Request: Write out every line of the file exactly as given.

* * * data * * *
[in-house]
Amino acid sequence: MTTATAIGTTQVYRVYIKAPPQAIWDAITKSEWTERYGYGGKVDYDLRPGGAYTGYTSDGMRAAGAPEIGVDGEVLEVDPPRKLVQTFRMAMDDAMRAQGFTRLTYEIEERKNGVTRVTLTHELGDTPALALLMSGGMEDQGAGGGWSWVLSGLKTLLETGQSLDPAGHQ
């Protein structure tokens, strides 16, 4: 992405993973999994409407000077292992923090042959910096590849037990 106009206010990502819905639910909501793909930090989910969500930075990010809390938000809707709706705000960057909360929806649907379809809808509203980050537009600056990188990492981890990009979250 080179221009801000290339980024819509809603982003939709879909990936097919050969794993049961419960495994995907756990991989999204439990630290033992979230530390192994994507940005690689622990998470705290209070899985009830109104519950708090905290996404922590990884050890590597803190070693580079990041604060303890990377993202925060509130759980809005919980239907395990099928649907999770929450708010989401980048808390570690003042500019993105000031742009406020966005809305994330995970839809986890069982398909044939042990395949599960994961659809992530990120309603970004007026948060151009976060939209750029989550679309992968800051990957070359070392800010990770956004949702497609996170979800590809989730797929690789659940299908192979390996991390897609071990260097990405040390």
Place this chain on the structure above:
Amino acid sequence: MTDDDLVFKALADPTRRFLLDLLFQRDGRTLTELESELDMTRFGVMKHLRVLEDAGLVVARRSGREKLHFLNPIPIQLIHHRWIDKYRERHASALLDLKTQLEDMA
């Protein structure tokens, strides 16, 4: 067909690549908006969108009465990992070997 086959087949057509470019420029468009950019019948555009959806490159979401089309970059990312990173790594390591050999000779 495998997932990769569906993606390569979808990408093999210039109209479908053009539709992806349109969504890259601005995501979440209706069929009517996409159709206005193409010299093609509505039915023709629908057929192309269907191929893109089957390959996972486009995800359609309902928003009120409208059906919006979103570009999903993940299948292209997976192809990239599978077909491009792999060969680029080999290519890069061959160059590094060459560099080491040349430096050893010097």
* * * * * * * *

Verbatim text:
[in-house]
Amino acid sequence: MTTATAIGTTQVYRVYIKAPPQAIWDAITKSEWTERYGYGGKVDYDLRPGGAYTGYTSDGMRAAGAPEIGVDGEVLEVDPPRKLVQTFRMAMDDAMRAQGFTRLTYEIEERKNGVTRVTLTHELGDTPALALLMSGGMEDQGAGGGWSWVLSGLKTLLETGQSLDPAGHQ
């Protein structure tokens, strides 16, 4: 992405993973999994409407000077292992923090042959910096590849037990 106009206010990502819905639910909501793909930090989910969500930075990010809390938000809707709706705000960057909360929806649907379809809808509203980050537009600056990188990492981890990009979250 080179221009801000290339980024819509809603982003939709879909990936097919050969794993049961419960495994995907756990991989999204439990630290033992979230530390192994994507940005690689622990998470705290209070899985009830109104519950708090905290996404922590990884050890590597803190070693580079990041604060303890990377993202925060509130759980809005919980239907395990099928649907999770929450708010989401980048808390570690003042500019993105000031742009406020966005809305994330995970839809986890069982398909044939042990395949599960994961659809992530990120309603970004007026948060151009976060939209750029989550679309992968800051990957070359070392800010990770956004949702497609996170979800590809989730797929690789659940299908192979390996991390897609071990260097990405040390």
Place this chain on the structure above:
Amino acid sequence: MTDDDLVFKALADPTRRFLLDLLFQRDGRTLTELESELDMTRFGVMKHLRVLEDAGLVVARRSGREKLHFLNPIPIQLIHHRWIDKYRERHASALLDLKTQLEDMA
């Protein structure tokens, strides 16, 4: 067909690549908006969108009465990992070997 086959087949057509470019420029468009950019019948555009959806490159979401089309970059990312990173790594390591050999000779 495998997932990769569906993606390569979808990408093999210039109209479908053009539709992806349109969504890259601005995501979440209706069929009517996409159709206005193409010299093609509505039915023709629908057929192309269907191929893109089957390959996972486009995800359609309902928003009120409208059906919006979103570009999903993940299948292209997976192809990239599978077909491009792999060969680029080999290519890069061959160059590094060459560099080491040349430096050893010097």